To Ban The Niqab Or Not? Switzerland To Hold Controversial Referendum On 7th March
Polls already show that more than 60% of Swiss voters favor the burqa ban.
On the 7th of March, Switzerland will hold a referendum to decide whether to ban full facial coverings such as burqas and niqabs.
Polls show that more than 60% of Swiss voters favor the burqa ban.
The Swiss cantons of Ticino and St. Gallen have already banned full-face coverings in regional votes.
Interestingly, the Swiss government has urged voters to reject the referendum, saying the move would hurt tourism.
“Only a few people in Switzerland wear a full facial covering,” the government said in a statement.
“A countrywide ban would undermine the sovereignty of the cantons, hurt tourism, and be unhelpful for certain groups of women,” it said.
The majority of women who wear full facial coverings are tourists and they only spend a brief time in the state, the statement added.
Under Switzerland’s political system of direct democracy, any proposal to alter the constitution goes to a popular vote if advocates raise more than 100,000 signatures.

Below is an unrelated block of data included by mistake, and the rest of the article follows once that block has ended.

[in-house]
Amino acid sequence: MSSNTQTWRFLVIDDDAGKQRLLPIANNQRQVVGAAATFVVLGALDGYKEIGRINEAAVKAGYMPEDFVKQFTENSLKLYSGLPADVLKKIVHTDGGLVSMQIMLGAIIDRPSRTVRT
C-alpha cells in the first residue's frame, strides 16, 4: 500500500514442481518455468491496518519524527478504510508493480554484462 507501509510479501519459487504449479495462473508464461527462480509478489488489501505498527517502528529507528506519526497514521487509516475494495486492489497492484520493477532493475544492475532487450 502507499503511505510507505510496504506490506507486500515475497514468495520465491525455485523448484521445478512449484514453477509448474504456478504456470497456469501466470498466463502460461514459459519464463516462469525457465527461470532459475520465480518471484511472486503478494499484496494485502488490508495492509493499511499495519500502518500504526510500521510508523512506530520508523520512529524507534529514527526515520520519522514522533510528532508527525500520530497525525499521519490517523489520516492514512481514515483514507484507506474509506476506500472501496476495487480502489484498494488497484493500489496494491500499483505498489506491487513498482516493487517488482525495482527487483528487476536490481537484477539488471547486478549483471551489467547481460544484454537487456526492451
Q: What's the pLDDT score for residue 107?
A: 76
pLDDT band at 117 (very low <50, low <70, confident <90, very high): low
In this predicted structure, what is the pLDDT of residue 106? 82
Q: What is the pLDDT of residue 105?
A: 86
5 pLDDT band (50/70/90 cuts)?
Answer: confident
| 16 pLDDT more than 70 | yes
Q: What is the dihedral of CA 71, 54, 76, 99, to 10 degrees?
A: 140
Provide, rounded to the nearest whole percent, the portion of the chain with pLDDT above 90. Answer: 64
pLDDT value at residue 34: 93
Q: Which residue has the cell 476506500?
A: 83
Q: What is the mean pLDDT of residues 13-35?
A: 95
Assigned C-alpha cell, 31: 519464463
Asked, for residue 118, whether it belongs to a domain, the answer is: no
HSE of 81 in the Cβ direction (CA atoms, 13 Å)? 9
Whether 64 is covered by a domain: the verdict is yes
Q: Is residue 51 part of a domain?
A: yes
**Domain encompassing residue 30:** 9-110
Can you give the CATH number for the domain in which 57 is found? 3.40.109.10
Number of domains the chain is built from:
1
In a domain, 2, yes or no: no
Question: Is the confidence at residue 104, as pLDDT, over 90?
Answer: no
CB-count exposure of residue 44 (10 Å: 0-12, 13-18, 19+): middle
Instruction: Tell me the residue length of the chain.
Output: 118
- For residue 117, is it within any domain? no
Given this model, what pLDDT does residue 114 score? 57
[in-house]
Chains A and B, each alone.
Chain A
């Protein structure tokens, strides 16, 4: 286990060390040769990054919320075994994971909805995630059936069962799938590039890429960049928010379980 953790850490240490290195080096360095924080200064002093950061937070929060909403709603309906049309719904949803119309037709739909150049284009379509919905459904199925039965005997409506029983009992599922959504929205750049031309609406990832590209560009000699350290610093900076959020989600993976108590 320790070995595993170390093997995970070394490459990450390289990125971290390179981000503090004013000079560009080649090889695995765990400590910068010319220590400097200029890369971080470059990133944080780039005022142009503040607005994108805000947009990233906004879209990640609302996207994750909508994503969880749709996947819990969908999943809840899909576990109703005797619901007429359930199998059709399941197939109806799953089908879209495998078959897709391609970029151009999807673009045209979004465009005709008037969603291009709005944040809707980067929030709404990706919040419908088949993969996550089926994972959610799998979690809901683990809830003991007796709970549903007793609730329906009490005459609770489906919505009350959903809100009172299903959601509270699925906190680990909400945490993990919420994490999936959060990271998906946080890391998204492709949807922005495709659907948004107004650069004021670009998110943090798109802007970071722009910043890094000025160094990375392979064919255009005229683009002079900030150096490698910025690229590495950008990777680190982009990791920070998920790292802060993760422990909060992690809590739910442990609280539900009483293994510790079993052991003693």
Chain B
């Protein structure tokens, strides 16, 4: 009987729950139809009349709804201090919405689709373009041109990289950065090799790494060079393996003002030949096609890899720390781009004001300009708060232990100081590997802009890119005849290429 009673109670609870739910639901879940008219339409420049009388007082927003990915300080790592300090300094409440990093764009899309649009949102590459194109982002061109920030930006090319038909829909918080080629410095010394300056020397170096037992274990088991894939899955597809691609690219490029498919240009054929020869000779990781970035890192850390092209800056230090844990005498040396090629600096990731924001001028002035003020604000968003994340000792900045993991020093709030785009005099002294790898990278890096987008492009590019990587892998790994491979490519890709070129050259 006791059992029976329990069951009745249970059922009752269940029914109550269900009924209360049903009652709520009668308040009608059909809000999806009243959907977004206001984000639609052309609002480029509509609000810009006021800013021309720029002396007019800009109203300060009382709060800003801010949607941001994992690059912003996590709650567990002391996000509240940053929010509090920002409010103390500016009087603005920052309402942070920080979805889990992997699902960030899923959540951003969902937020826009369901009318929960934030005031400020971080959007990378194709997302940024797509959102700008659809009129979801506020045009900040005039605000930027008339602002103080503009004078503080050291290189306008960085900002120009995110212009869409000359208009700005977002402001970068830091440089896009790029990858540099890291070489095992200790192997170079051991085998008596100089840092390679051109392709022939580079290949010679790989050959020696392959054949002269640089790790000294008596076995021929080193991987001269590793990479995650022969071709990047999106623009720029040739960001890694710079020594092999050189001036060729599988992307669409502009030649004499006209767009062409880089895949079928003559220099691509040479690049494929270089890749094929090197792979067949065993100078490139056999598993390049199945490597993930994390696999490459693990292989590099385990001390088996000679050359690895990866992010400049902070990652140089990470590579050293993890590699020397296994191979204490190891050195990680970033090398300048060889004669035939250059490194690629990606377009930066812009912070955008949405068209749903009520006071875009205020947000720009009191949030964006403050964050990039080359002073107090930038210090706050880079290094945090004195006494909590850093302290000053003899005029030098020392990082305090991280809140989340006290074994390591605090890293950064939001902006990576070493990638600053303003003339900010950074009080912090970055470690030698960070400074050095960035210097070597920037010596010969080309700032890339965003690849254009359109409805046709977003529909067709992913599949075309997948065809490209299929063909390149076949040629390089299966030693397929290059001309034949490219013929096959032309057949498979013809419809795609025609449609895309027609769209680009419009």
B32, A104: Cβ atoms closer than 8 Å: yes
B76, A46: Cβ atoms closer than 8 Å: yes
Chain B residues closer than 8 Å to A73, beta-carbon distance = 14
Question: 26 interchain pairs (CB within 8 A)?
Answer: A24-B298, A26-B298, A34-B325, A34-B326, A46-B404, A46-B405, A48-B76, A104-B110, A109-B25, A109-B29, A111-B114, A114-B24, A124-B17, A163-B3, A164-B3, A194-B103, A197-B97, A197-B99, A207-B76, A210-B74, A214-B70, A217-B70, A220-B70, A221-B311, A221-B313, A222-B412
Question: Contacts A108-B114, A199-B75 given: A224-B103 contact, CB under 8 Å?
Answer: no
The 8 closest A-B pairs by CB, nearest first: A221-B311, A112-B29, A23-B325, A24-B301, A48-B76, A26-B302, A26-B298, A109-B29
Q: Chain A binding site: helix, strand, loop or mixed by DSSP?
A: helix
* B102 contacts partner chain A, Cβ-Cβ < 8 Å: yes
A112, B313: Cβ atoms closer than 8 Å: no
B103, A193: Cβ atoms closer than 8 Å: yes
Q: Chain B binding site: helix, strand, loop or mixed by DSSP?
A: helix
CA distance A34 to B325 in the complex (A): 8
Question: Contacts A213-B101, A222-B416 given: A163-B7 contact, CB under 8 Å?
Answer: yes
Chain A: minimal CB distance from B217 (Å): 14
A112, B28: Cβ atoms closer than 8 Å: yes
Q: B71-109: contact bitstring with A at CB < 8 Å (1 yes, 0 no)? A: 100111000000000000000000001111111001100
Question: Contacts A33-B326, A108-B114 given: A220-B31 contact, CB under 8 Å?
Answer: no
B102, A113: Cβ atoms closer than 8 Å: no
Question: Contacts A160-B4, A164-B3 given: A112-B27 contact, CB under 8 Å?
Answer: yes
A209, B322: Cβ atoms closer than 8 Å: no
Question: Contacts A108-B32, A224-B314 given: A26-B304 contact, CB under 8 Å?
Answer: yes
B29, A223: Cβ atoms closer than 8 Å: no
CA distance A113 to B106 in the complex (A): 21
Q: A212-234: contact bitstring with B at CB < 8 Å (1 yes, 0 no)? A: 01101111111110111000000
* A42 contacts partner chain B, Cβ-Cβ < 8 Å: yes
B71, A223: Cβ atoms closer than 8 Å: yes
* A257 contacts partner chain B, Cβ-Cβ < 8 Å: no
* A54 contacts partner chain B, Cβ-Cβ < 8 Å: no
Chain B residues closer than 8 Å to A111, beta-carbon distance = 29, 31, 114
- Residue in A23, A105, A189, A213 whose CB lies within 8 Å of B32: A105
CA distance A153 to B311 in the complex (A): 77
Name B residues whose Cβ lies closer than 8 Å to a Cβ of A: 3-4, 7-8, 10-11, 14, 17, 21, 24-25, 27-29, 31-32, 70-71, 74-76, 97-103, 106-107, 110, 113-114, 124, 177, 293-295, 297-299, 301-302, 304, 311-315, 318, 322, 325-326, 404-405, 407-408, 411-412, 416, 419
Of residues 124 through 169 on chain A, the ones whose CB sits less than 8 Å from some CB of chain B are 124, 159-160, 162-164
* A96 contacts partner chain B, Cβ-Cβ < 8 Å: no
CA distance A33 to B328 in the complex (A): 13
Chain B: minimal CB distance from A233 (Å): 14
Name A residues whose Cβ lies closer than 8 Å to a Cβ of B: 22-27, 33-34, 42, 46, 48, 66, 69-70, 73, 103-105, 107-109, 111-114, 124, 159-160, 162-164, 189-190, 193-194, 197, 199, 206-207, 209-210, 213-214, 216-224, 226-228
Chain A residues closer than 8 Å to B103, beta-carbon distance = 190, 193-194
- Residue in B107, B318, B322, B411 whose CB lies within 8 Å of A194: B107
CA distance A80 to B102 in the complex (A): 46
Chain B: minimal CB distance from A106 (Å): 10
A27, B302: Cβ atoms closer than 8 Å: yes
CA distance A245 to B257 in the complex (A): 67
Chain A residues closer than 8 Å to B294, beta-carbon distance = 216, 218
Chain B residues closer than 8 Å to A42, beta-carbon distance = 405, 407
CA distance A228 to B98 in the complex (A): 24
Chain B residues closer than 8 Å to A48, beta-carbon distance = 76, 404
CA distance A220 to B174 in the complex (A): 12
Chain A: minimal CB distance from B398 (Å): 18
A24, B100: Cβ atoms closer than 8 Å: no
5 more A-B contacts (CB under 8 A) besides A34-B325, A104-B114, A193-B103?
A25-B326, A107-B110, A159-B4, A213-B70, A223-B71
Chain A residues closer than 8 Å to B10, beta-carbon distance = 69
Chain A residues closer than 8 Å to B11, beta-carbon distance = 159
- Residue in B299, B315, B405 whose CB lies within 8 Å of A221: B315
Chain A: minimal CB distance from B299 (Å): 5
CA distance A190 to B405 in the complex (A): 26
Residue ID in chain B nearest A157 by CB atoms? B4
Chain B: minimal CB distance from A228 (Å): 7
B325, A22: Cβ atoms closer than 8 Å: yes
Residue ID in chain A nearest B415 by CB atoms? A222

Montreux and other destinations around Lake Geneva and Interlaken in central Switzerland traditionally attract some Muslim tourists, mainly from the Gulf Arab states.
Switzerland’s proposal also forbids coercing somebody to wear a facial covering based on their gender.
The grouping behind the scheme – the “Egerkinger Komitee”, which includes members of the right-wing populist Swiss People’s Party (SVP) – was also behind the move to ban minarets.
In 2009, the Swiss voters supported a proposal to ban new minarets’ construction, approved by nearly 60% of voters.
The supporters of the 2009 proposal saw the minarets as foreign to Swiss traditions and values.
Muslims make up about 5% of Switzerland’s 8.6 million people, official statistics show.
The Swiss government has made a counterproposal to the facial covering ban that would be implemented if voters reject the initial proposal on the 7th of March.
This would require Muslim women wearing a facial covering to reveal their face if required for identification at public transport or administrative offices.
Elsewhere, France, the Netherlands, Denmark, Latvia, Austria, Bulgaria, Belgium, the Republic of the Congo, Chad, Gabon, and Sri Lanka all have laws prohibiting religious face coverings.
Ironically, the vote will take place on the eve of International Women’s Day on the 8th of March, which strives for gender equality worldwide. Removing a woman’s right to wear a face veil is not equality.
What are your views on this? Share with us in the comments below.